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Components' Impact on Critical Transfer Section for Risk Based Transmission System Planning
KTH, School of Electrical Engineering (EES), Electromagnetic Engineering.
KTH, School of Electrical Engineering (EES).
KTH, School of Electrical Engineering (EES), Electromagnetic Engineering.
KTH, School of Electrical Engineering (EES), Electromagnetic Engineering.ORCID iD: 0000-0003-4763-9429
2009 (English)In: 2009 IEEE Bucharest PowerTech: Innovative Ideas Toward the Electrical Grid of the Future / [ed] Toma L; Otomega B, IEEE , 2009, 368-375 p.Conference paper, Published paper (Refereed)
Abstract [en]

In the planning of the electrical transmission system it is of greatest concern to quantify the security margin for unwanted conditions in the system. This paper proposes an approach based on quantifying the risk of insufficient transmission capacity in bottlenecks in the system. Stresses in these critical transfer sections (CTS) provide a potential risk to corrective actions, or worst, load curtailments. The proposed method provides a general screening of component outages in order to find potential risk events for the CTS. Furthermore, the severity of each risk event is quantified based on the likelihood of the event and the consequence on the section's transmission capacity. The components' contribution to the risk of insufficient capacity in the CTS is then based on these risk events' severity. The method investigates several forecasted load levels during the year and consequently gives an input to a scheme for a risk based transmission system planning. The method is demonstrated on the reliability test system RBTS.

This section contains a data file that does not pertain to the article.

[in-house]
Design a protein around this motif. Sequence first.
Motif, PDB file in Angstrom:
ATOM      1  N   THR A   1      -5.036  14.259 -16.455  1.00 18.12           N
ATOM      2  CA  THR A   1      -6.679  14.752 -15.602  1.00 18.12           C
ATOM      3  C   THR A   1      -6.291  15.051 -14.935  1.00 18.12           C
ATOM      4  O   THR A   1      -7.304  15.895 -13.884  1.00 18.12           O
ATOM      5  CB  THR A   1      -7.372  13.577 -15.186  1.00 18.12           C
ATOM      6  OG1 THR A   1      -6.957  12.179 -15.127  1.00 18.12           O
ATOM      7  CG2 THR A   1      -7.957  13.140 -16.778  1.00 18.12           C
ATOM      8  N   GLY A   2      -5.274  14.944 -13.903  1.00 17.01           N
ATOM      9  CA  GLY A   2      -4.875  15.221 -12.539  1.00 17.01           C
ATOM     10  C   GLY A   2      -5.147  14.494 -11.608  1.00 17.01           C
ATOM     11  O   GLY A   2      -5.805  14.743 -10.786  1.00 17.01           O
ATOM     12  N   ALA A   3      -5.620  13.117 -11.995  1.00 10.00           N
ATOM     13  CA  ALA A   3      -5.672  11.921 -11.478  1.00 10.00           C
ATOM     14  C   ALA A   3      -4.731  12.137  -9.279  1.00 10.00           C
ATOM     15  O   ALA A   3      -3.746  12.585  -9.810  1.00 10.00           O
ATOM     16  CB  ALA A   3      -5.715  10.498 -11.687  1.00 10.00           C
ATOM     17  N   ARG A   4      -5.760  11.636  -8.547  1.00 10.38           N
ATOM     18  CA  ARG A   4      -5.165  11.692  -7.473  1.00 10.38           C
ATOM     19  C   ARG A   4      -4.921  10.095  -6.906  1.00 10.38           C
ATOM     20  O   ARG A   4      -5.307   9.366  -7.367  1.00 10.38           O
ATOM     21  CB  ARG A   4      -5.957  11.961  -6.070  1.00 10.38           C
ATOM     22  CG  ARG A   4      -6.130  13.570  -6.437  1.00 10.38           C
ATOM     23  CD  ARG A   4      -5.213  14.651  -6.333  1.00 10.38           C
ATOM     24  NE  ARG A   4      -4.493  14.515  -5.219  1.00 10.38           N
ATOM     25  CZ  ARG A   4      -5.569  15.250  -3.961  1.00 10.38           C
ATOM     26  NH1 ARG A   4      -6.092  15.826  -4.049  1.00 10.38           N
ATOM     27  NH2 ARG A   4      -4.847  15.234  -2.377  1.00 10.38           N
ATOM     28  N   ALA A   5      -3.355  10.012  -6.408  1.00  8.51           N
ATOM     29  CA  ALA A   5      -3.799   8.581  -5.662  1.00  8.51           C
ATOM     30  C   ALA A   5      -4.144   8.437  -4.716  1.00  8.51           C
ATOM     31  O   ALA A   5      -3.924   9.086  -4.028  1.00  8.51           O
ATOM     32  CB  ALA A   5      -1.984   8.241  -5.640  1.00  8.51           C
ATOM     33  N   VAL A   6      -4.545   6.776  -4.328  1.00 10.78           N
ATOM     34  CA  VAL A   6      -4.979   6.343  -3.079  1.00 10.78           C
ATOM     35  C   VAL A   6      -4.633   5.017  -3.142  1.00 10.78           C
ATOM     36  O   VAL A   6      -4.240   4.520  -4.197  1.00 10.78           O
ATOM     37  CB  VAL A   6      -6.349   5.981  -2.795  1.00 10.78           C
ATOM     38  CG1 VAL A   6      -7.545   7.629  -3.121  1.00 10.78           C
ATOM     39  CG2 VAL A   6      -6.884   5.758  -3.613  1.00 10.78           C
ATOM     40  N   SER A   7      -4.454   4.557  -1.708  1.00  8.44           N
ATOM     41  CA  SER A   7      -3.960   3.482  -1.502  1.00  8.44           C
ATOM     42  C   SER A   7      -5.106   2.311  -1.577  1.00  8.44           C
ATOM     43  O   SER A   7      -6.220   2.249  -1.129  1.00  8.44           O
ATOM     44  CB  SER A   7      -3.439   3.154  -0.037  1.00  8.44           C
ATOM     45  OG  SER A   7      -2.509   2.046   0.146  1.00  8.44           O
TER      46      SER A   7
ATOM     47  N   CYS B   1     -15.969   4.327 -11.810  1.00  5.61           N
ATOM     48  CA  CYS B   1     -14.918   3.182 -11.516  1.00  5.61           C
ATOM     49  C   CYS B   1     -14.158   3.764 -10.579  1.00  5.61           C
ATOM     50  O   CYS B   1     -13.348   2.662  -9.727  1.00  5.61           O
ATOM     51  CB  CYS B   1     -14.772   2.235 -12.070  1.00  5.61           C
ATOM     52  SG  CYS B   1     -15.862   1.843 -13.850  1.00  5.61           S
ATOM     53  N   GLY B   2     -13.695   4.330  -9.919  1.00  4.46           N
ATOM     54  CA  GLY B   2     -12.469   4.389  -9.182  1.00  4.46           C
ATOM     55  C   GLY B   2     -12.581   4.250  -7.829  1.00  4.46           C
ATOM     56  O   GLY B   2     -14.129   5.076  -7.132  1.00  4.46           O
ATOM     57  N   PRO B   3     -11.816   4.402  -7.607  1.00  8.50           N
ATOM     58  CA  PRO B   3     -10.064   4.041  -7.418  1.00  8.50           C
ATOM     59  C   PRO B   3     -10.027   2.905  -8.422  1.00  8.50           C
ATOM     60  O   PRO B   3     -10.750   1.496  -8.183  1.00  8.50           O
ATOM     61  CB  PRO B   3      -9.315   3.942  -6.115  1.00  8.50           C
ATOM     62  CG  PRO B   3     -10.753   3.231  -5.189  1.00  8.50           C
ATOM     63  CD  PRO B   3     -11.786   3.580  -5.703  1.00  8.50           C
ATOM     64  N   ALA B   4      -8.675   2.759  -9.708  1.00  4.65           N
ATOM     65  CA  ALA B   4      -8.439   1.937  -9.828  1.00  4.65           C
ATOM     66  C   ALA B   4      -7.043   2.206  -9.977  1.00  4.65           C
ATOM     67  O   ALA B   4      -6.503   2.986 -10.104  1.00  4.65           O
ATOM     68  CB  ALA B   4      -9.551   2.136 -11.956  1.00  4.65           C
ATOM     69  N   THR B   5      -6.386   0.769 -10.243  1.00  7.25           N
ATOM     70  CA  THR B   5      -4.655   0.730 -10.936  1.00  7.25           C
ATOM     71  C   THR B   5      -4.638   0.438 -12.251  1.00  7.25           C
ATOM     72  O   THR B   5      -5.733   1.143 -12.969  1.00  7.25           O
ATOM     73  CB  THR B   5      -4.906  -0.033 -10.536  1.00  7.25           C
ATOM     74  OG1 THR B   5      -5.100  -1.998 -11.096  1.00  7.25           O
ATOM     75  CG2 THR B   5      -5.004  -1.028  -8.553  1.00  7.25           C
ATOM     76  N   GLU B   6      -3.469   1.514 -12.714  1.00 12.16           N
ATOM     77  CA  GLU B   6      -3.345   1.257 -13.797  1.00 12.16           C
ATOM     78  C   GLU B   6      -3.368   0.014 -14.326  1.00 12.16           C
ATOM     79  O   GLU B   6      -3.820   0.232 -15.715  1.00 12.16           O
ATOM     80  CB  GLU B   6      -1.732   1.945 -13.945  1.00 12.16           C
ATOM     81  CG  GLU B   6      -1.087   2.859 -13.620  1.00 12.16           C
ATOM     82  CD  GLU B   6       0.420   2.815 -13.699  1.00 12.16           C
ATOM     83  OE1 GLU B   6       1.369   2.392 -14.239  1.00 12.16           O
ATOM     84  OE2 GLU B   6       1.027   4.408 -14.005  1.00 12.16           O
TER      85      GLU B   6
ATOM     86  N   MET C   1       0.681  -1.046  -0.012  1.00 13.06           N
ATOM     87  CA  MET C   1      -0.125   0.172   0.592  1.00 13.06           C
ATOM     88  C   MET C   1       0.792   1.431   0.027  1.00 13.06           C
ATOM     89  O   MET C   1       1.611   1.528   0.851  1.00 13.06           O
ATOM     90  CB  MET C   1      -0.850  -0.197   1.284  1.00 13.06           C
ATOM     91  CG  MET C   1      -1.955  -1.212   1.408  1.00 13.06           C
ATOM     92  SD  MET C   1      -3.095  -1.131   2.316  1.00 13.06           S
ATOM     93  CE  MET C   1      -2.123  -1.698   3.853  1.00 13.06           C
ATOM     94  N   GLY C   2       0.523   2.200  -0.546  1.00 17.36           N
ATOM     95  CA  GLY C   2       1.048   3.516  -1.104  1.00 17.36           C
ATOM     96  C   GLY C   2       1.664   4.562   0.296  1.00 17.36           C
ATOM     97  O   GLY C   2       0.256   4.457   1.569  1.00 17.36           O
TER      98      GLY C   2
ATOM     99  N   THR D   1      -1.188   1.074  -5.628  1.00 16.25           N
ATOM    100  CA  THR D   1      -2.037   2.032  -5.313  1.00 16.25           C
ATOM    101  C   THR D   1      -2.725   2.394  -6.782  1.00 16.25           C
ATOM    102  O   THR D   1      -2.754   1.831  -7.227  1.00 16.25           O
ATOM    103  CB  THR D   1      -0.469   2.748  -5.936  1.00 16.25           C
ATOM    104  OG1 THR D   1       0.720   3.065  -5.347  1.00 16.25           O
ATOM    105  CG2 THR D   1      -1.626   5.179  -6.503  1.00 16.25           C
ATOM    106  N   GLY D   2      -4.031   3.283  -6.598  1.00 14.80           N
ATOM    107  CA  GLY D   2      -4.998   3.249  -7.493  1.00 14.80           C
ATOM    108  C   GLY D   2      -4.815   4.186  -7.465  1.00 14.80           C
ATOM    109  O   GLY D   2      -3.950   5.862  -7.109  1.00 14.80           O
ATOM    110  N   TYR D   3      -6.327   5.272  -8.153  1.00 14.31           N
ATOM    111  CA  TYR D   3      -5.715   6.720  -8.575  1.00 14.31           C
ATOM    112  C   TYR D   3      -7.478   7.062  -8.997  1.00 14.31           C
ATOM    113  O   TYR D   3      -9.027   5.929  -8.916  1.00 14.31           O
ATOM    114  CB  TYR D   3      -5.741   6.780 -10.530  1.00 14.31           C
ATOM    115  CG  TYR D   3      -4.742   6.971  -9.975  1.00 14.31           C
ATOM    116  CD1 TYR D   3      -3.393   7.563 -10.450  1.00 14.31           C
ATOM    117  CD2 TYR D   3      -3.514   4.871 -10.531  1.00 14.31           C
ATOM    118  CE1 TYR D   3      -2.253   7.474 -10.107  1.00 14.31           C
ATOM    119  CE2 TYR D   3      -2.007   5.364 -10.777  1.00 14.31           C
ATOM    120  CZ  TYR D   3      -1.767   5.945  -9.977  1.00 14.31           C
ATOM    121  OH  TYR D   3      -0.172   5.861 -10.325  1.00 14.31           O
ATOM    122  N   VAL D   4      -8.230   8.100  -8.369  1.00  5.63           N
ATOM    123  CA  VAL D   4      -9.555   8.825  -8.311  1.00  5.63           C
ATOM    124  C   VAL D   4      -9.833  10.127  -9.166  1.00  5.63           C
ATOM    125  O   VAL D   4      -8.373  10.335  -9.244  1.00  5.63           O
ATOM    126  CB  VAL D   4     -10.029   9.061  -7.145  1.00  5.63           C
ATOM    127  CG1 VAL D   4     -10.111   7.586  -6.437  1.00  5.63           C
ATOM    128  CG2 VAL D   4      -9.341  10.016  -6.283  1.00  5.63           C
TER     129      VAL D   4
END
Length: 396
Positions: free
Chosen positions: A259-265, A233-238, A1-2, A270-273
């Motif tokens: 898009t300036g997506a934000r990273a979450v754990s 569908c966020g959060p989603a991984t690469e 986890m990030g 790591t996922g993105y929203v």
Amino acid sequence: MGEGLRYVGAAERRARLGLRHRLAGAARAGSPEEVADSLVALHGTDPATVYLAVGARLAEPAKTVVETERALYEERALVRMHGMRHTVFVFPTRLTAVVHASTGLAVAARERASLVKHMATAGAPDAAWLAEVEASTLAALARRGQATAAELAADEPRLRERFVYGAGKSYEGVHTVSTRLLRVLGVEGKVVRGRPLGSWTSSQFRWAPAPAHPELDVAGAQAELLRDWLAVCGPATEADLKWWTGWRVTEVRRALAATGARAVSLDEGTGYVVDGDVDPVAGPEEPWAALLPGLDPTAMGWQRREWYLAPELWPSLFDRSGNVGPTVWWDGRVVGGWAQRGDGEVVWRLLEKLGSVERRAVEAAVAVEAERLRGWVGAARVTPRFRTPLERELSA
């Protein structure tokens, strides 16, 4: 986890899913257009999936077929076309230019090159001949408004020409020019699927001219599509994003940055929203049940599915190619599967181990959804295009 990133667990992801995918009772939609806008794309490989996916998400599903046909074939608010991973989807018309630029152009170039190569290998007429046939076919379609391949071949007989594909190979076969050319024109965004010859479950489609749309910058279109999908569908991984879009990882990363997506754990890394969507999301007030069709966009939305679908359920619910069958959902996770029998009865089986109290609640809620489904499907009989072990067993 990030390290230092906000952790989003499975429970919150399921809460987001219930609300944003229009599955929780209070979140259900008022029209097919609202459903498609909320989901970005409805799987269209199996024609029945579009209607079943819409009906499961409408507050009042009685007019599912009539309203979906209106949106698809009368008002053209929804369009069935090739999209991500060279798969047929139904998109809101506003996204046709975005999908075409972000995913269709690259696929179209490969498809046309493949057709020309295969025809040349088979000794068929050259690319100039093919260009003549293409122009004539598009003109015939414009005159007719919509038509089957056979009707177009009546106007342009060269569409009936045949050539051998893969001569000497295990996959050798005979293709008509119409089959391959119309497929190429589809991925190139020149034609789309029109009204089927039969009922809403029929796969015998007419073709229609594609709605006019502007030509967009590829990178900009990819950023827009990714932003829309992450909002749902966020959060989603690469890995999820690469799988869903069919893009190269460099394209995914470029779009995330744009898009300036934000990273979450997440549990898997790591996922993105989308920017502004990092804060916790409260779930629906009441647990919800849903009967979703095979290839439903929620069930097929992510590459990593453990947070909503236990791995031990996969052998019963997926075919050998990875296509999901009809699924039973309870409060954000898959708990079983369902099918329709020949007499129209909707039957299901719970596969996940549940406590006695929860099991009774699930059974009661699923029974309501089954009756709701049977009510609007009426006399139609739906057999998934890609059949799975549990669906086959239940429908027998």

Place, publisher, year, edition, pages
IEEE , 2009. 368-375 p.
Keyword [en]
Power transmission reliability, power system security, reliability modeling, risk analysis, power system planning
National Category
Other Electrical Engineering, Electronic Engineering, Information Engineering
Identifiers
URN: urn:nbn:se:kth:diva-25819ISI: 000276834600057Scopus ID: 2-s2.0-74949123727ISBN: 978-1-4244-2234-0 (print)OAI: oai:DiVA.org:kth-25819DiVA: diva2:359957
Conference
2009 IEEE Bucharest PowerTech: Innovative Ideas Toward the Electrical Grid of the Future; Bucharest; Romania; 28 June 2009 through 2 July 2009
Note

QC 20101101

Available from: 2010-11-01 Created: 2010-11-01 Last updated: 2014-10-09Bibliographically approved
In thesis
1. On Reliability Methods Quantifying Risks to Transfer Capability in Electric Power Transmission Systems
Open this publication in new window or tab >>On Reliability Methods Quantifying Risks to Transfer Capability in Electric Power Transmission Systems
2009 (English)Licentiate thesis, comprehensive summary (Other academic)
Abstract [en]

In the operation, planning and design of the transmission system it is of greatest concern to quantify the reliability security margin to unwanted conditions. The deterministic N-1 criterion has traditionally provided this security margin to reduce the consequences of severe conditions such as widespread blackouts. However, a deterministic criterion does not include the likelihood of different outage events. Moreover, experience from blackouts shows, e.g. in Sweden-Denmark September 2003, that the outages were not captured by the N-1 criterion. The question addressed in this thesis is how this system security margin can be quantified with probabilistic methods. A quantitative measure provides one valuable input to the decision-making process of selecting e.g. system expansions alternatives and maintenance actions in the planning and design phases. It is also beneficial for the operators in the control room to assess the associated security margin of existing and future network conditions.

This thesis presents a method that assesses each component's risk to an insufficient transfer capability in the transmission system. This shows on each component's importance to the system security margin. It provides a systematic analysis and ranking of outage events' risk of overloading critical transfer sections (CTS) in the system. The severity of each critical event is quantified in a risk index based on the likelihood of the event and the consequence of the section's transmission capacity. This enables a comparison of the risk of a frequent outage event with small CTS consequences, with a rare event with large consequences.